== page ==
Don’t spend like a fool, make your travel money count.
You can get around pretty much all of Canada with nothing but a travel card, but that same card would do very little for you in Morocco. It really depends where you’re headed, but understanding some general travel money principles will go a long way in helping you pack your travel wallet.
These are our top tips for helping you manage travel money like a pro.
1. Money talks – Know which currencies you’ll be using.
Research is key to planning your travel money strategy. For instance, if you were going to Europe, taking a travel credit card with no foreign transaction fees or a travel-friendly debit card with no foreign ATM withdrawal fees would be a smart move.
In contrast, if you were headed for Cambodia and Laos, you’d want to be sure to have plenty of local currency on you — and maybe small denominations of US dollars just in case. Search our country-specific travel money guides for more information.
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2. Compare now – Save money later.
After researching the local currency and travel money tips, you may find that it becomes obvious which travel money option you should take. However, don’t just settle for one!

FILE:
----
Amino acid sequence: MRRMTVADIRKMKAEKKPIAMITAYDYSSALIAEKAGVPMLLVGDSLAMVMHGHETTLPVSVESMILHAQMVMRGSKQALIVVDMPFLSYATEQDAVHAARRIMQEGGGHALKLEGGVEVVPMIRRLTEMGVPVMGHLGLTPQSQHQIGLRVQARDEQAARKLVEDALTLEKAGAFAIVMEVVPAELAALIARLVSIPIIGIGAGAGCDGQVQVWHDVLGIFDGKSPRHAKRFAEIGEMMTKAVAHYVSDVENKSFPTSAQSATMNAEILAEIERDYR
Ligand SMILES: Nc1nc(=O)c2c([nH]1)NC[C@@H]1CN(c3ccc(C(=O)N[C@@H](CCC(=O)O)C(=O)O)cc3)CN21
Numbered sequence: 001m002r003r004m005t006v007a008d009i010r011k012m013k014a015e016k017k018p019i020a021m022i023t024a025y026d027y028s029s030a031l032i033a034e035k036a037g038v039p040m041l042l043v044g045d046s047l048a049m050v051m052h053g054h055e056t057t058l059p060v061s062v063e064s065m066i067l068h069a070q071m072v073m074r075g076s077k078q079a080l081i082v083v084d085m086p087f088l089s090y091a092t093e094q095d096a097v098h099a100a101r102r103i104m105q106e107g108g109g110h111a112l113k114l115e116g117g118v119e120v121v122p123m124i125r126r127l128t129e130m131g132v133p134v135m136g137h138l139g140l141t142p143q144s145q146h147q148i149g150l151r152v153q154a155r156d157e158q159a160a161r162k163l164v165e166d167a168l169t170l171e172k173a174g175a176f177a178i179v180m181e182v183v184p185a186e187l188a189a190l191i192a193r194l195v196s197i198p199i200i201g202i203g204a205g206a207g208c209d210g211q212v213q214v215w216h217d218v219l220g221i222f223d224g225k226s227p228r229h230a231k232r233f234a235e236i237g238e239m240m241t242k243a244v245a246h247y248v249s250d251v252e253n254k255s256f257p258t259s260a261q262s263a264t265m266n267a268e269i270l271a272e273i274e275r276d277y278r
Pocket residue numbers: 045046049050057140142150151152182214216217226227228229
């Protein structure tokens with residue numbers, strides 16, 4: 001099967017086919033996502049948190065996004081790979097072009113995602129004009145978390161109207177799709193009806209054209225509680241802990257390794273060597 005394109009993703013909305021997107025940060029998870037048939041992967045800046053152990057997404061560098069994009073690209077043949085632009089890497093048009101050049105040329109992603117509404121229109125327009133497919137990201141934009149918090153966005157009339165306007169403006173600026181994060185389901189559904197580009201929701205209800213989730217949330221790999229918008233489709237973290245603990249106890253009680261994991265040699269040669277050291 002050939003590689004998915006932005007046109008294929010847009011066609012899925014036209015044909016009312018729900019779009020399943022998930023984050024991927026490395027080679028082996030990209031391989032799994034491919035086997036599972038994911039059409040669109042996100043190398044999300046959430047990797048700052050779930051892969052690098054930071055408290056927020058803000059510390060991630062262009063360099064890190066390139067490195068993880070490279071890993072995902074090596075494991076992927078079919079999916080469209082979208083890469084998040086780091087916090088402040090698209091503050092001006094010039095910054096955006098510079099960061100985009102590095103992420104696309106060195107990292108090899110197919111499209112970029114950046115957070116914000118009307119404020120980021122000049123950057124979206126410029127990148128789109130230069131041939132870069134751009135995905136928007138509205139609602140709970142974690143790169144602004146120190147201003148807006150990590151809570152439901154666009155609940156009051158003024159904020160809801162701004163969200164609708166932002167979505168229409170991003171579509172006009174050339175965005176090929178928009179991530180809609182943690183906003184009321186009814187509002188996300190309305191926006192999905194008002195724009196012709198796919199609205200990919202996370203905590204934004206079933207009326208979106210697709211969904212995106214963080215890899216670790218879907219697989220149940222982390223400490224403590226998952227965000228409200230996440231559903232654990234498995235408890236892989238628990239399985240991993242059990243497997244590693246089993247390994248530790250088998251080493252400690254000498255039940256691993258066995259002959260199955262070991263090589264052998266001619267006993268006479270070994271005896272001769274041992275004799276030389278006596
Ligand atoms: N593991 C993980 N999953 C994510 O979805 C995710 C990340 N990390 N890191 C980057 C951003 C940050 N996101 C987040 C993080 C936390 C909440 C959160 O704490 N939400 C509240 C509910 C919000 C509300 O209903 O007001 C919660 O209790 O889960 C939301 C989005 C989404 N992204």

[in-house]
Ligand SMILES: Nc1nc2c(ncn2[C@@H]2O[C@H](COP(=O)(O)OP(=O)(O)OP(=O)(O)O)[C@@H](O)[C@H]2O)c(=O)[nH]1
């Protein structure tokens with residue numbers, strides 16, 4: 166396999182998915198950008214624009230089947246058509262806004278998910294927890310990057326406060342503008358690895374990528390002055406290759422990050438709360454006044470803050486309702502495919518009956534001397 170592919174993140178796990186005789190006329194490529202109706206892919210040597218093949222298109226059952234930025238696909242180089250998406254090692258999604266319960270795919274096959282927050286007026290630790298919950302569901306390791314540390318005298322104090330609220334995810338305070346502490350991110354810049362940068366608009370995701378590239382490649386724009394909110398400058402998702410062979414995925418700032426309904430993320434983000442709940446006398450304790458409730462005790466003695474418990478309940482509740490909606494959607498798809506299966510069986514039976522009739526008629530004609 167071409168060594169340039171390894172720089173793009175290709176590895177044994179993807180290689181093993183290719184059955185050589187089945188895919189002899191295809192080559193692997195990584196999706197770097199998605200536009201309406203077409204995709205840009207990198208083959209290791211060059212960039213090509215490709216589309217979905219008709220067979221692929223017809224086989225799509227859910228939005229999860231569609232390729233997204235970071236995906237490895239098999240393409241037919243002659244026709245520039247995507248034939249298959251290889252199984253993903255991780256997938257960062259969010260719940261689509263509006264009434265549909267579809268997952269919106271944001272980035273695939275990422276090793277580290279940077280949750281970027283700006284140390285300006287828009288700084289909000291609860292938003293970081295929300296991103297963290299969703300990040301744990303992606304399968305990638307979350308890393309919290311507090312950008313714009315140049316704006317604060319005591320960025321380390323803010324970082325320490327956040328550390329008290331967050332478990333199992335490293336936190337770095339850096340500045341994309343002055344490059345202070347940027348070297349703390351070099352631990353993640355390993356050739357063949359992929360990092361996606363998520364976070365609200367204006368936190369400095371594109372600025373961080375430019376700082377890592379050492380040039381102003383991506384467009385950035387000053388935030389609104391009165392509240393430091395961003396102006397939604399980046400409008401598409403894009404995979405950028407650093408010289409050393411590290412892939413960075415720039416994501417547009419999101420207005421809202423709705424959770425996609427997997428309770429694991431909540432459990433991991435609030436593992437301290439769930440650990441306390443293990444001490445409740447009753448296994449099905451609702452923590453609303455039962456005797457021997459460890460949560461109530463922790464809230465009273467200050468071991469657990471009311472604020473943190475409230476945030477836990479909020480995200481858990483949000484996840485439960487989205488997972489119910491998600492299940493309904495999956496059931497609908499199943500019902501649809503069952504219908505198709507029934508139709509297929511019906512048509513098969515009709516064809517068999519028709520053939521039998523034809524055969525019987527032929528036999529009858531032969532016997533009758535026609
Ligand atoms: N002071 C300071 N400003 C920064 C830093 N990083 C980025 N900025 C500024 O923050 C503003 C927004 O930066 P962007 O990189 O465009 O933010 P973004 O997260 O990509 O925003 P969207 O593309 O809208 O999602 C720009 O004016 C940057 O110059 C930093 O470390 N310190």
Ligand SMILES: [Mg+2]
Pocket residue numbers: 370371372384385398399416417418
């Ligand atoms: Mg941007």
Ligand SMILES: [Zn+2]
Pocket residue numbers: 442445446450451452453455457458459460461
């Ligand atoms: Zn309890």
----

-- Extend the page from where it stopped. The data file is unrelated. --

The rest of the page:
Pick a combination of at least two of the best options because certain products work better for different situations; while a debit or prepaid card might be good for day-to-day transactions, a credit card is better for larger or emergency purchases. Plus, having a back-up will prevent you from getting stranded while on vacation. Always leave your spare credit card in the hotel safe and never keep all your travel money together in one place.
3. Prepare cash beforehand.
If you know you’ll need cash, get some local currency before you go to avoid any unnecessary fees. Even if you’re planning to get cash out at the ATM upon arrival, the last thing you want is to find yourself stuck in a foreign place with no money for a cab because the ATM machine is busted.
4. Choose machine, not man.
Forget airport exchange desks and dodgy local money changers—they often charge costly transactional fees and high commissions, because that’s how they make money. ATMs give you an interbank exchange rate, which is typically the most competitive foreign exchange rate you can get.